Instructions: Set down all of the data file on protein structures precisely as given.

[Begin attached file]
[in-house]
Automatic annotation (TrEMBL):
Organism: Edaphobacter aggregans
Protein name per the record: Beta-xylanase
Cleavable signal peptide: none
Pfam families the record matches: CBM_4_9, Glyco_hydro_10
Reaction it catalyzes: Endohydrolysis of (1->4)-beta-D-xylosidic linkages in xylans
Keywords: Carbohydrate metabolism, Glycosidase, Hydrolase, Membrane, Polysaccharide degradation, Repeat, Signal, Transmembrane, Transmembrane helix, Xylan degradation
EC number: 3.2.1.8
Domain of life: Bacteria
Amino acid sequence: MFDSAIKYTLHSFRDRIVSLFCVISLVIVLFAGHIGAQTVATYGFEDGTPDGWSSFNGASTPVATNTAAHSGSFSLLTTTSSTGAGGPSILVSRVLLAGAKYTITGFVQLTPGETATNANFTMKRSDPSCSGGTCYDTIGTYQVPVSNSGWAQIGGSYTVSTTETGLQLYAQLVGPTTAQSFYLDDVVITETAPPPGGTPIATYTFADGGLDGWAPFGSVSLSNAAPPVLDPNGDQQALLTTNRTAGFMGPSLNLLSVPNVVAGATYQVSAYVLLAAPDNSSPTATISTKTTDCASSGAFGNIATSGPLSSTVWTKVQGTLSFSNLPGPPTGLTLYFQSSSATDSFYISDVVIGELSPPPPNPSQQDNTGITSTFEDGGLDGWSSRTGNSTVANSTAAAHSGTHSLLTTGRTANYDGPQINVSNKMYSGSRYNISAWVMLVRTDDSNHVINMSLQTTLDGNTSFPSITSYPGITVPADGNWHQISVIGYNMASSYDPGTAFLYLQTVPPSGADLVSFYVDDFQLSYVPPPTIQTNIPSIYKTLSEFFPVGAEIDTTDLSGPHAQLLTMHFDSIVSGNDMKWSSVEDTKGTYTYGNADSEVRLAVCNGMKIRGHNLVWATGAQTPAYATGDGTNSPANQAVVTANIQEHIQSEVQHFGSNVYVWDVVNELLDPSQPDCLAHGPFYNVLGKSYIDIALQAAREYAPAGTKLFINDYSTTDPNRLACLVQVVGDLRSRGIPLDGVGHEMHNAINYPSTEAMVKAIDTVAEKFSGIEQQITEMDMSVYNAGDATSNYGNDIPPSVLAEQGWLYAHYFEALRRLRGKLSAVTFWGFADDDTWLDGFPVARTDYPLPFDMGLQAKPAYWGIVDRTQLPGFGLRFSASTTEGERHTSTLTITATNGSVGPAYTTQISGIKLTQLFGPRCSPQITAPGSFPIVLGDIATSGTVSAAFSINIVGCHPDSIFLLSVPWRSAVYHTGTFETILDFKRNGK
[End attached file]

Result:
[in-house]
Automatic annotation (TrEMBL):
Organism: Edaphobacter aggregans
Protein name per the record: Beta-xylanase
Cleavable signal peptide: none
Pfam families the record matches: CBM_4_9, Glyco_hydro_10
Reaction it catalyzes: Endohydrolysis of (1->4)-beta-D-xylosidic linkages in xylans
Keywords: Carbohydrate metabolism, Glycosidase, Hydrolase, Membrane, Polysaccharide degradation, Repeat, Signal, Transmembrane, Transmembrane helix, Xylan degradation
EC number: 3.2.1.8
Domain of life: Bacteria
Amino acid sequence: MFDSAIKYTLHSFRDRIVSLFCVISLVIVLFAGHIGAQTVATYGFEDGTPDGWSSFNGASTPVATNTAAHSGSFSLLTTTSSTGAGGPSILVSRVLLAGAKYTITGFVQLTPGETATNANFTMKRSDPSCSGGTCYDTIGTYQVPVSNSGWAQIGGSYTVSTTETGLQLYAQLVGPTTAQSFYLDDVVITETAPPPGGTPIATYTFADGGLDGWAPFGSVSLSNAAPPVLDPNGDQQALLTTNRTAGFMGPSLNLLSVPNVVAGATYQVSAYVLLAAPDNSSPTATISTKTTDCASSGAFGNIATSGPLSSTVWTKVQGTLSFSNLPGPPTGLTLYFQSSSATDSFYISDVVIGELSPPPPNPSQQDNTGITSTFEDGGLDGWSSRTGNSTVANSTAAAHSGTHSLLTTGRTANYDGPQINVSNKMYSGSRYNISAWVMLVRTDDSNHVINMSLQTTLDGNTSFPSITSYPGITVPADGNWHQISVIGYNMASSYDPGTAFLYLQTVPPSGADLVSFYVDDFQLSYVPPPTIQTNIPSIYKTLSEFFPVGAEIDTTDLSGPHAQLLTMHFDSIVSGNDMKWSSVEDTKGTYTYGNADSEVRLAVCNGMKIRGHNLVWATGAQTPAYATGDGTNSPANQAVVTANIQEHIQSEVQHFGSNVYVWDVVNELLDPSQPDCLAHGPFYNVLGKSYIDIALQAAREYAPAGTKLFINDYSTTDPNRLACLVQVVGDLRSRGIPLDGVGHEMHNAINYPSTEAMVKAIDTVAEKFSGIEQQITEMDMSVYNAGDATSNYGNDIPPSVLAEQGWLYAHYFEALRRLRGKLSAVTFWGFADDDTWLDGFPVARTDYPLPFDMGLQAKPAYWGIVDRTQLPGFGLRFSASTTEGERHTSTLTITATNGSVGPAYTTQISGIKLTQLFGPRCSPQITAPGSFPIVLGDIATSGTVSAAFSINIVGCHPDSIFLLSVPWRSAVYHTGTFETILDFKRNGK